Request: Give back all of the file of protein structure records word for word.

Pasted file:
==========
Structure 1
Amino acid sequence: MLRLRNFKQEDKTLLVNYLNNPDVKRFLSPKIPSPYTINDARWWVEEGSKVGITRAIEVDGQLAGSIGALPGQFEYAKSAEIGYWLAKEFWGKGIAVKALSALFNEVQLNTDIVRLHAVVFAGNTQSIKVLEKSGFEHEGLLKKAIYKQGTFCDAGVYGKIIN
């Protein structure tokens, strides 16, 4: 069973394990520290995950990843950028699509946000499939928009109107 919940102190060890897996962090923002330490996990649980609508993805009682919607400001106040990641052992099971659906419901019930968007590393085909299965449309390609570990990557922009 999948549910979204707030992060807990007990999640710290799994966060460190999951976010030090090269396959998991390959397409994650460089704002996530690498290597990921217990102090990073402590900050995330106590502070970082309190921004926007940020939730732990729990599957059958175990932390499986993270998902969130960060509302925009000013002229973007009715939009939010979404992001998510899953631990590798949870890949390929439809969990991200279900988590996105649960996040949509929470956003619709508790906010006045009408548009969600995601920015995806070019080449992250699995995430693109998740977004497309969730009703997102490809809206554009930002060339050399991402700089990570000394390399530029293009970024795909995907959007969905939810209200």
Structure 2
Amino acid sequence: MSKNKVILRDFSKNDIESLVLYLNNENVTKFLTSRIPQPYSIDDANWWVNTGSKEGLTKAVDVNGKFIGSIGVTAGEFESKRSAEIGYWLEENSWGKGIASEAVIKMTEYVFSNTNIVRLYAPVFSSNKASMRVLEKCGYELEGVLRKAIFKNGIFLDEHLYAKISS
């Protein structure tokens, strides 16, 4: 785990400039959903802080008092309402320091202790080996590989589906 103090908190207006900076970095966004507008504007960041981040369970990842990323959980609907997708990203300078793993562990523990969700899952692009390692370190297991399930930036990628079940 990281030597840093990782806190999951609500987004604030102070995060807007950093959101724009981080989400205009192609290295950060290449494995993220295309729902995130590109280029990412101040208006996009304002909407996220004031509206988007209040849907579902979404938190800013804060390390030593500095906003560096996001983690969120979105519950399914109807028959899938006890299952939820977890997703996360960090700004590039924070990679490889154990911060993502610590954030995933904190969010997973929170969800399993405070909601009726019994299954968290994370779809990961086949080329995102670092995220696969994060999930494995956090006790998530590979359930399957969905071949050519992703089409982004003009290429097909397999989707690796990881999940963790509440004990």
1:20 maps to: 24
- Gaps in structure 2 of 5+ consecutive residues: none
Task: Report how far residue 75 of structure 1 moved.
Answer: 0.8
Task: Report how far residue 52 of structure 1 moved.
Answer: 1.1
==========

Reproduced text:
Structure 1
Amino acid sequence: MLRLRNFKQEDKTLLVNYLNNPDVKRFLSPKIPSPYTINDARWWVEEGSKVGITRAIEVDGQLAGSIGALPGQFEYAKSAEIGYWLAKEFWGKGIAVKALSALFNEVQLNTDIVRLHAVVFAGNTQSIKVLEKSGFEHEGLLKKAIYKQGTFCDAGVYGKIIN
């Protein structure tokens, strides 16, 4: 069973394990520290995950990843950028699509946000499939928009109107 919940102190060890897996962090923002330490996990649980609508993805009682919607400001106040990641052992099971659906419901019930968007590393085909299965449309390609570990990557922009 999948549910979204707030992060807990007990999640710290799994966060460190999951976010030090090269396959998991390959397409994650460089704002996530690498290597990921217990102090990073402590900050995330106590502070970082309190921004926007940020939730732990729990599957059958175990932390499986993270998902969130960060509302925009000013002229973007009715939009939010979404992001998510899953631990590798949870890949390929439809969990991200279900988590996105649960996040949509929470956003619709508790906010006045009408548009969600995601920015995806070019080449992250699995995430693109998740977004497309969730009703997102490809809206554009930002060339050399991402700089990570000394390399530029293009970024795909995907959007969905939810209200």
Structure 2
Amino acid sequence: MSKNKVILRDFSKNDIESLVLYLNNENVTKFLTSRIPQPYSIDDANWWVNTGSKEGLTKAVDVNGKFIGSIGVTAGEFESKRSAEIGYWLEENSWGKGIASEAVIKMTEYVFSNTNIVRLYAPVFSSNKASMRVLEKCGYELEGVLRKAIFKNGIFLDEHLYAKISS
């Protein structure tokens, strides 16, 4: 785990400039959903802080008092309402320091202790080996590989589906 103090908190207006900076970095966004507008504007960041981040369970990842990323959980609907997708990203300078793993562990523990969700899952692009390692370190297991399930930036990628079940 990281030597840093990782806190999951609500987004604030102070995060807007950093959101724009981080989400205009192609290295950060290449494995993220295309729902995130590109280029990412101040208006996009304002909407996220004031509206988007209040849907579902979404938190800013804060390390030593500095906003560096996001983690969120979105519950399914109807028959899938006890299952939820977890997703996360960090700004590039924070990679490889154990911060993502610590954030995933904190969010997973929170969800399993405070909601009726019994299954968290994370779809990961086949080329995102670092995220696969994060999930494995956090006790998530590979359930399957969905071949050519992703089409982004003009290429097909397999989707690796990881999940963790509440004990």
1:20 maps to: 24
- Gaps in structure 2 of 5+ consecutive residues: none
Task: Report how far residue 75 of structure 1 moved.
Answer: 0.8
Task: Report how far residue 52 of structure 1 moved.
Answer: 1.1